Tuesday, July 10, 2018

What Kind of Teachers Applaud Janus?

I told you they existed, and here's one example, writing out the argument that I've heard before:

Some may call me a freeloader, because the union negotiates my salary each year despite receiving no money from me, but I feel that whatever benefit I receive from this service is outweighed by the fact that the union’s collective bargaining with the district puts me in a position to be unable to ask for extra income for stellar work.

The article, posted at the super-conservative Federalist, is entitled "I'm A Teacher. Here's Why I'm Cheering My New Freedom From Unions." The writer is Sarah Mindlin. Mindlin just finished her first year as a teacher in Las Cruces, New Mexico. She graduated from New Mexico State University in 2014 with a Bachelor in Individualized Studies that included coursework in Kinesiology, Exercise Science, and Elementary Education. She then earned a Master of Arts in Teaching at Western Governors University, an on-line school. Her LinkedIn profile says that she's "knowledgeable and excited about cutting-edge educational technology and self-paced learning."

It's not that she hasn't been tempted to join the union:

Our students’ lives include single mothers, numerous siblings, incarcerated fathers, domestic violence, drug and alcohol abuse, custody battles, and a rotating cast of stepfathers. The risk of a wild allegation from a parent or family member informs every decision we make, and the union’s assurance of legal and financial support is tempting, even for someone like me who disapproves of the political activities my dues would be supporting.

It's an unfortunate paragraph, suggesting as it does that she considers the need for legal protection given that she has to work with Those People. I'd like to assume that this paragraph is the result of infelicitous composition and not problematic attitudes about the public that she serves.

But like many teacher supporters of the Janus decision, Mindlin lives in an imaginary world.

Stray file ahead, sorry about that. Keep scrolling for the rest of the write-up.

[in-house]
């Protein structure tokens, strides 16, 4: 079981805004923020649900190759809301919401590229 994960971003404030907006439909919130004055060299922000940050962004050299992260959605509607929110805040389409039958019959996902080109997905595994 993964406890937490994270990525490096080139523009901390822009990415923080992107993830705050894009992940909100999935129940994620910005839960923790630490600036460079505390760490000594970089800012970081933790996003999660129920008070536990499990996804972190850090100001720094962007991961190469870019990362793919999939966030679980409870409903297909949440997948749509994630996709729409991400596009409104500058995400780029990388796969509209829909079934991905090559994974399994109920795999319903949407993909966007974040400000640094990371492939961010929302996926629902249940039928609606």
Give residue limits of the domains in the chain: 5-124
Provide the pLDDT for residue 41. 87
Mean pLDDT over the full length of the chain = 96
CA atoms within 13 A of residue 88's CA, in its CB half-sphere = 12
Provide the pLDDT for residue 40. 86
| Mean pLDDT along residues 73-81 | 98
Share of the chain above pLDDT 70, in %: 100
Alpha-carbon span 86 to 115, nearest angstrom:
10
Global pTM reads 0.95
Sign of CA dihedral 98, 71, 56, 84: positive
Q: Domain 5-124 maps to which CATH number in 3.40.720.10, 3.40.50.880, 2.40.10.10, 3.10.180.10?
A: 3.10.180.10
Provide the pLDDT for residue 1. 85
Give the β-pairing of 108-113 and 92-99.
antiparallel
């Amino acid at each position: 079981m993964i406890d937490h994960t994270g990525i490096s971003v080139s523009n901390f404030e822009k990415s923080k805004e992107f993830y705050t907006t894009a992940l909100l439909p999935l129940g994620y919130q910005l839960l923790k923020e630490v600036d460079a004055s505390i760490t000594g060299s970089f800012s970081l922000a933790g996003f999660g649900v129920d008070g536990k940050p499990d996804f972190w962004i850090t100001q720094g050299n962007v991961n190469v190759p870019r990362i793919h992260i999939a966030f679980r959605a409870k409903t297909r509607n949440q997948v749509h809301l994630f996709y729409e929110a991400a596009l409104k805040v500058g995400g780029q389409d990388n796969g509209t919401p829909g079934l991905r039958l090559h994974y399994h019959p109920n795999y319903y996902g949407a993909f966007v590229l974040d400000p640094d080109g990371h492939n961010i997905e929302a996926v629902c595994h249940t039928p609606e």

I don’t think it occurred to me until hearing commentary on the recent Supreme Court case that without the union, I could actually negotiate my own salary with my employer.

Pro-union folks often scoff at Janus supporters as being only too happy to accept the benefits that the union has won for them, but that argument misses the mark, because many of these folks, like, apparently, Mindlin, see the union contract as holding them back.

... I feel that whatever benefit I receive from this service is outweighed by the fact that the union’s collective bargaining with the district puts me in a position to be unable to ask for extra income for stellar work.

Without the union holding her back, she could march into... well, somewhere, and demand a big fat bonus for her outstanding work. Now she can negotiate her own contract, and it's going to be awesome.

I'm not sure what scenario she imagines. She walks into the district office and asks for a bonus and the administration says, "Yes, wow! We'll get you a couple of extra thousand by cutting the pay of Mrs. Chalkdust who teaches next door to you. I'm sure she won't mind and this won't cause any problems at all." Or maybe they'll tell her, "Yes, you have been so tremendous that we are going to ask the taxpayers to accept a tax hike to finance your bonus."

She should probably take a trip to some right-to-work state and check out the many teachers who are now driving Lexuses (Lexi?) and eating caviar because they have been able to negotiate contracts far more lucrative than the union ever did. Or maybe visit Wisconsin where union-busting was simply the opening move in a deliberate program to lower teacher pay.

Fans of bonus pay in education always ignore one important factor. In the corporate world, bonuses are paid because we had a good year, and because we had a good year, we have a pile of "extra" money, and from that pile, we can pay bonuses. But public schools don't turn a profit, no matter how great a year they have, which means that the money for bonuses must come from somewhere else. An easy and common way to manage that problem is to make everyone's base pay lower; that way we can call this bunch of money that used to be part of your salary a "bonus."

Mindlin is also at a disadvantage because she doesn't seem to know how negotiating works:

Most teachers I know and with whom I work go above and beyond their job descriptions on a daily basis, despite knowing they will take home the same paycheck regardless of their efforts. Still, imagine the improvements that could be made to education if teachers were incentivized to go the extra mile and work at their highest capacity in return for more than just a warm fuzzy feeling inside.

Do you see the problem? If in fact most teachers will go the extra mile for a warm fuzzy feeling, why would any employer feel the need to give them money? If you're negotiating stance is "I'm going to do great work for you no matter what, but you should give me more money just because I think I deserve it," then guess how much bonus you're going to get? $0.00.

If Mindlin is serious about this, then what she should be announcing is that from this moment forward, she is not going to lift a finger outside of school hours, not going to take a single paper home, not going to take a single extra duty, not going to go an extra foot, let alone a mile, until her bosses give her a nice hike in pay.